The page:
Monday's action comes in the aftermath of the resignation of former County Attorney Ross Dyer, who vacated the position following his appointment to a state appellate court. It was during Dyer's tenure that tension first flared over the Commission's wish to have his own attorney to render independent advice.

Perhaps unsurprisingly, Dyer consistently offered opinions that the County Charter made no allowance for the Commission's hiring of its own attorney.

In the interim, ssistant county attorneys Marcy Ingram and Kim Kuratsky are, in effect, alternating in the role of provisional County Attorney.

Friday, August 26, 2016

Haslam, in Memphis, Suggests Calling Special Session

Governor says bill raising blood-alcohol levels for young motorists must be amended, or state could lose $60 million in federal funds.

Posted By on Fri, Aug 26, 2016 at 11:28 AM

Governor Haslam
  • Governor Haslam

Governor Bill Haslam, in Memphis on Thursday to visit Winridge Elementary School to klick off a statewide tour of K-12 public schools, said he would call a special session of the legislature to look into amending a DUI law passed in the last session that raised permissible alcohol levels for 18- to 20-year old motorists.

The National Highway Safety Administration has announced that the state is liable to lose 8 percent of its federal highway funding annually, or $60 million, as a result of raising the alcohol blood level from .02 per cent to .08 for the affected youthful motorists. The higher amount is in violation of the federal government’s zero tolerance policy for the 18-to-20 year-old group.

“$60 million is too much money to give up,” Haslam told reporters. Noting that members of the state’s congressional delegation are negotiating with the federal government for some sort of compromise on the funding matter, the Governor said the legislature would have to act if those efforts failed.
As of now, the change in funding is scheduled to begin in October.

• The Governor also said, “I’m not a fan” of efforts to decriminalize recreational marijuana use, when asked about a pending ordinance before the Memphis City Council to allow police to give misdemeanor tickets rather than to make felony arrests for possession of small amounts of marijuana. Haslam said, “I do think there are people spending more time in jail than they need to,” but he said outright decriminalization would not be a “helpful signal” in a state where drug abuse remains a problem.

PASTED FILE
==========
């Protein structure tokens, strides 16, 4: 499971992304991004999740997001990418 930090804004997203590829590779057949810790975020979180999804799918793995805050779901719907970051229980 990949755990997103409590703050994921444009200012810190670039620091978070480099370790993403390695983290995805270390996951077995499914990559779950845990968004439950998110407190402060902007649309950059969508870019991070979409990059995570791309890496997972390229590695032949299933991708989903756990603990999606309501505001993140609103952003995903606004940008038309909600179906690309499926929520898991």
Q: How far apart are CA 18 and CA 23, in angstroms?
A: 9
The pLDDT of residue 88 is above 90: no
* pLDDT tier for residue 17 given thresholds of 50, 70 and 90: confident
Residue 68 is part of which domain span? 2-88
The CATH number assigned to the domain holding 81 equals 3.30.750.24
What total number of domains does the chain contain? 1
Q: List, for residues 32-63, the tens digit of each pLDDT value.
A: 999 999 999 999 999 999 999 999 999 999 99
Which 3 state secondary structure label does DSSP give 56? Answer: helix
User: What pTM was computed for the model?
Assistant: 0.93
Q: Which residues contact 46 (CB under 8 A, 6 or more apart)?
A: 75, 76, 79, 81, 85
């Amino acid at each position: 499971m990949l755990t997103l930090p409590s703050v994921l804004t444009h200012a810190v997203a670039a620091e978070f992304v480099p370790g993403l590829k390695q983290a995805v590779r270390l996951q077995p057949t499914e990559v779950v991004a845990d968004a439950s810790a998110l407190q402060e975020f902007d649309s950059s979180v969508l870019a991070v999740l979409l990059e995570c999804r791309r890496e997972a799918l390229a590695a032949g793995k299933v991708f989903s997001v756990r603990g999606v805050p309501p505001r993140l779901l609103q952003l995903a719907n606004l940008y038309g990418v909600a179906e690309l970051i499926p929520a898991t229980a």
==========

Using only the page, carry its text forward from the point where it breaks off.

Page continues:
Friday, August 19, 2016

Shelby County Democratic Party Decertified

Posted By on Fri, Aug 19, 2016 at 4:13 PM

State Democratic Party chair Mary Mancini has, in the wake of the dispute between the TNDP and the Shelby County Democratic Party over the correct procedures for dealing with ousted former SCDP chairman Bryan Carson, officially decertified the local party.
TNDP chair Mancini
  • TNDP chair Mancini
Mancini took the action in a letter to current Shelby County Democratic Party chair Michael Pope.

In claiming the right to decertify the party, Macini cited  "Article III Section 2(f) and Article VII Section 1(a)(3) of the Tennessee Democratic Party Bylaws," which, she said, give her the power "to develop and monitor a minimum set of requirements that must be observed by a state sanctioned certified County Democratic Party."

Although Mancini did not specify particular reasons for her action, she has been at a standoff with the local party's executive committee over the Carson issue. The SCDP executive committee has declined — by virtue of a 10-10 tie in voting on the matter — to ratify a payback agreement reached between Mancini's office and SCDP chairman Pope, allowing Carson to pay $6,000 to the party at the rate of $100 a month in order to satisfy the local party's claims of financial irregularities during Carson's chairmanship.

A strong component of the Shelby County committee's membership has pressed for sterner action against Carson, contending that he embezzled at least $25,000 in party funds that cannot be accounted for. And a majority of the committee voted last week to declare Carson non bona fides as a Democrat, an action that Mancini claims the local party lacked sufficient grounds or legal underpinning for.

The Carson affair is but the most glaring example of discord between the local party and Mancini, who expressed displeasure that the SCDP has incurred substantial fines for late and insufficient financial disclosures to the state Election Registry, both during and after Carson's chairmanship.

Even beyond the financial issues, the SCDP executive-committee membership has been seriously divided on matters of organization and leadership, and some current and former members have openly invited an action like that which Mancini has now taken, as a prelude to starting the local party over again from the ground up.

One such was veteran blogger Steve Steffens of, who in a post on Mancini's action said in part:  "Today, TNDP Chair Mary Mancini did what we have been urging her to do, decertifying the Shelby County Democratic Party, sending it to a farm where it could run and play with other defunct institutions.  It had ceased to function as a political organization a long time ago, unable to deal with the Bryan Carson situation...."